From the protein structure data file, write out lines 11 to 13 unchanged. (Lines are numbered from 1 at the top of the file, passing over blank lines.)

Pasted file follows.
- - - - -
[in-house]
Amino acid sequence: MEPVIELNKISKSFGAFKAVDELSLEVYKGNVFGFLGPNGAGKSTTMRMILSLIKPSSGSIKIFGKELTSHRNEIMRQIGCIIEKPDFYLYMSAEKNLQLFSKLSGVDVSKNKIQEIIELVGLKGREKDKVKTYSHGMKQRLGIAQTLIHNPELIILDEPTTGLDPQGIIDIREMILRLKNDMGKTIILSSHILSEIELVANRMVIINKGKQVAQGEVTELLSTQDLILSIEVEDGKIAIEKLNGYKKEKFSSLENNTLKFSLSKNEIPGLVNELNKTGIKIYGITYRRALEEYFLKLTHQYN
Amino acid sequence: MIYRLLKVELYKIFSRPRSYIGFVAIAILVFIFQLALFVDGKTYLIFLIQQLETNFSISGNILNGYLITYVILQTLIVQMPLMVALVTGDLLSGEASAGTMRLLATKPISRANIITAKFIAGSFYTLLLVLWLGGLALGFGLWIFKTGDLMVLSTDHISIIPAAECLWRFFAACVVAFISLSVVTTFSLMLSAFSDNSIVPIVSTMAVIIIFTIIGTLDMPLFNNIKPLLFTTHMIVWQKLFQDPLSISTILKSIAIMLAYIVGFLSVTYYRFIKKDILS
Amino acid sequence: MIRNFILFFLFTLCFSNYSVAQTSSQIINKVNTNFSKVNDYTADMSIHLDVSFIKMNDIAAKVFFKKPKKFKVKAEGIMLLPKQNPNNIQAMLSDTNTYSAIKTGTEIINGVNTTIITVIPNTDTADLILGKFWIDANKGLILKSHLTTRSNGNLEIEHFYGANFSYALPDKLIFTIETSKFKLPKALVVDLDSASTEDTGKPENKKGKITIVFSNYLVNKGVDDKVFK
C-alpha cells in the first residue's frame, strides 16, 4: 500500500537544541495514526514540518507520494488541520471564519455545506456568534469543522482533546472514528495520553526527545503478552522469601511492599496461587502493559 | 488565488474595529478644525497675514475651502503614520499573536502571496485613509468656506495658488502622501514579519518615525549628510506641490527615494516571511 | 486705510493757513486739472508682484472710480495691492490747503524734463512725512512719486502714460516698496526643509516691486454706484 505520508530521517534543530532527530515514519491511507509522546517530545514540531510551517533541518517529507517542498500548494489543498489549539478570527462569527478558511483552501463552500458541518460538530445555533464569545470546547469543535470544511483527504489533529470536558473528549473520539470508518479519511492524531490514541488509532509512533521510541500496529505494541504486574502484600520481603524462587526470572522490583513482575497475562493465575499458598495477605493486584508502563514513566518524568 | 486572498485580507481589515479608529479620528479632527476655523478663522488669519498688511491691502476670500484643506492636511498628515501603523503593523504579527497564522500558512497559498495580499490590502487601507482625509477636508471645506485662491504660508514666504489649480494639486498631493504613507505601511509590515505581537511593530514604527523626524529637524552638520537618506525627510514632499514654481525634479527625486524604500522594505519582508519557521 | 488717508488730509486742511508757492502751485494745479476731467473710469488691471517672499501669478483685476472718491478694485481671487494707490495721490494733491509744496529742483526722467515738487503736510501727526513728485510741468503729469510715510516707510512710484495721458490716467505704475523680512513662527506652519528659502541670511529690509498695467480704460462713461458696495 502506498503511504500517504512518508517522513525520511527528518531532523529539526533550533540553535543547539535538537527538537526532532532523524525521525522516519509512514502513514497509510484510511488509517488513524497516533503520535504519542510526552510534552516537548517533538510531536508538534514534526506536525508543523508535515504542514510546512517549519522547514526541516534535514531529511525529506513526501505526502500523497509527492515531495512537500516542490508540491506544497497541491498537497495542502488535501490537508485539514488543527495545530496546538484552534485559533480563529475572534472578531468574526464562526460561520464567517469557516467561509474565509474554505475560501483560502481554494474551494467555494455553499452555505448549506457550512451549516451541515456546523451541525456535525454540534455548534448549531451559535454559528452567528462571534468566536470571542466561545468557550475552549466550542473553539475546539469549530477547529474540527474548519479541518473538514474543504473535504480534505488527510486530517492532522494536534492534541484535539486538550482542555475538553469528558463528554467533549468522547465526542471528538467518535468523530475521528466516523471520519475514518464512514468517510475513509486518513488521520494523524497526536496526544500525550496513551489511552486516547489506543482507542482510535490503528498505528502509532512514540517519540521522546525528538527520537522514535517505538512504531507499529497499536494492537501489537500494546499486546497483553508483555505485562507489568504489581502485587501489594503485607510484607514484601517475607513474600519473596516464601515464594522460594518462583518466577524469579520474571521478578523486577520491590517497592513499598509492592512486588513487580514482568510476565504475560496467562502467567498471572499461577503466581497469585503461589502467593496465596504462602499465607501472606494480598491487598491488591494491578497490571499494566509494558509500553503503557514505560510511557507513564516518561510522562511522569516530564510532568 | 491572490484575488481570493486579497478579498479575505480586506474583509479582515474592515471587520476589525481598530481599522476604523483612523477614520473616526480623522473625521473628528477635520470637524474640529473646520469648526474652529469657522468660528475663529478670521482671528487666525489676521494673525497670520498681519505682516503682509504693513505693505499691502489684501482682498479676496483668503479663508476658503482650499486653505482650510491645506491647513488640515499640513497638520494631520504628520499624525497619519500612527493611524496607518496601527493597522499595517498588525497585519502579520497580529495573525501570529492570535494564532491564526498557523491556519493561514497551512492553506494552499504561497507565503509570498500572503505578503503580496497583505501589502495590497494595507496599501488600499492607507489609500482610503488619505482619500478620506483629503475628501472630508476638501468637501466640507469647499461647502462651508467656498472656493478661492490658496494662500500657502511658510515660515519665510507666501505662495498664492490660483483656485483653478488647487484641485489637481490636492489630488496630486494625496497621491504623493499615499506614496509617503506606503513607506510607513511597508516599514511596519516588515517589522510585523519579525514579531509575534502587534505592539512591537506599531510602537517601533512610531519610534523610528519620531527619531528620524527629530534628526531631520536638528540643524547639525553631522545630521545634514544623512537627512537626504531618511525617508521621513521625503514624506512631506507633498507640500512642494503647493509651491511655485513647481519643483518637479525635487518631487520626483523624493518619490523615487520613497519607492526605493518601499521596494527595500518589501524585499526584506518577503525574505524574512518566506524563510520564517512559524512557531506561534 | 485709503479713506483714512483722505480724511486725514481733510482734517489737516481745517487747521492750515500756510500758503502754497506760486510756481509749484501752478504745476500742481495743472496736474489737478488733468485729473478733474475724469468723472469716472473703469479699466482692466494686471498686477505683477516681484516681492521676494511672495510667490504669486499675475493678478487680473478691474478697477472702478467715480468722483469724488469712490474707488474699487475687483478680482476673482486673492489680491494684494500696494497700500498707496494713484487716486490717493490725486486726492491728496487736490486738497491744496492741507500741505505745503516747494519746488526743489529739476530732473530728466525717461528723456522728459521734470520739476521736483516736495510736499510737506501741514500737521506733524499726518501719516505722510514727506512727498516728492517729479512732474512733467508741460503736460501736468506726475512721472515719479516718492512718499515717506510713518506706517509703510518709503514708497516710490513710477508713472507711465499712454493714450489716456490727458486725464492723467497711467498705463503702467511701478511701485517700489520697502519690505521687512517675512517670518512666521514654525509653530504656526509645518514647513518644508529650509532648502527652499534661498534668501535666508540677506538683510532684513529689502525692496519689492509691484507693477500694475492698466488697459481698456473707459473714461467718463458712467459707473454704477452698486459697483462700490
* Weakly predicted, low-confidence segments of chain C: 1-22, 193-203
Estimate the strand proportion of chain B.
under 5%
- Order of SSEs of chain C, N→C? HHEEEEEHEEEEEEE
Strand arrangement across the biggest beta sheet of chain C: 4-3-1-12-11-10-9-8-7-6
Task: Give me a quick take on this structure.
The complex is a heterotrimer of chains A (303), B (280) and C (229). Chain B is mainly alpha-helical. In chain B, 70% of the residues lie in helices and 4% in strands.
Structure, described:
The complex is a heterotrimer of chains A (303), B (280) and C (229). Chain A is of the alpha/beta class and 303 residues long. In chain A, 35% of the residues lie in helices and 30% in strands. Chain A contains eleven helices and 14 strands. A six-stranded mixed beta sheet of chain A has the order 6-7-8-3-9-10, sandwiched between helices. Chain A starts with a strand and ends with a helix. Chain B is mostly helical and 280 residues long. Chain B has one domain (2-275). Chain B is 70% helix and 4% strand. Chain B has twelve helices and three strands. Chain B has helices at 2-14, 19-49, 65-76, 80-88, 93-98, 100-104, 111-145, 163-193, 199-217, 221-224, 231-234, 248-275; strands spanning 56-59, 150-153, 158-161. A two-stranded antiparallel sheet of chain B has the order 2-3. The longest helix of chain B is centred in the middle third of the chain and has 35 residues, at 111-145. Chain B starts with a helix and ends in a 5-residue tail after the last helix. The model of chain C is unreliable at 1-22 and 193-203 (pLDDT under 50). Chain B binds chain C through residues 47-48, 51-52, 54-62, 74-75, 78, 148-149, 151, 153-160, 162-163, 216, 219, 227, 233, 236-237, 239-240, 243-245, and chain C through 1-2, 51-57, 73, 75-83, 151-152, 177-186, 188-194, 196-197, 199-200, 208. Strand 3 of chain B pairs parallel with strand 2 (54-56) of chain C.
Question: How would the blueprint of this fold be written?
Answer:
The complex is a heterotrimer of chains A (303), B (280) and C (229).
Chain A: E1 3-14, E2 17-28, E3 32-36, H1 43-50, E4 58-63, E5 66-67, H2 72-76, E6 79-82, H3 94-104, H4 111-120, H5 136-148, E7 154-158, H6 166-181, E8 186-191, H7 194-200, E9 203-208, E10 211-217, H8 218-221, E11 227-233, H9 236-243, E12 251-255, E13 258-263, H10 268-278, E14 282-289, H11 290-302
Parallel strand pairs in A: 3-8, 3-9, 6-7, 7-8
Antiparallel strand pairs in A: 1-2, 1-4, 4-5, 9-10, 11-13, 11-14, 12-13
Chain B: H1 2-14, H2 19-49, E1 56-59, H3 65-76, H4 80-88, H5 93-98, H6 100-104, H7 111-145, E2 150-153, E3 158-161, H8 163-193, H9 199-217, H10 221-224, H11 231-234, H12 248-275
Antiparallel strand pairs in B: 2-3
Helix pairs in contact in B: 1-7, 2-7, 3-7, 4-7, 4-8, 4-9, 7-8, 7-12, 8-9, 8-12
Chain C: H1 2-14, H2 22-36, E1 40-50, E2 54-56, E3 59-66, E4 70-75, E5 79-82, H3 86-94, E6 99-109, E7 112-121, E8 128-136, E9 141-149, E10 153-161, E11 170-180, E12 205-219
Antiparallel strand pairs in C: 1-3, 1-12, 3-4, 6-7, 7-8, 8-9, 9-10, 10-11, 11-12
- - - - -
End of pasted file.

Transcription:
Task: Give me a quick take on this structure.
The complex is a heterotrimer of chains A (303), B (280) and C (229). Chain B is mainly alpha-helical. In chain B, 70% of the residues lie in helices and 4% in strands.
Structure, described: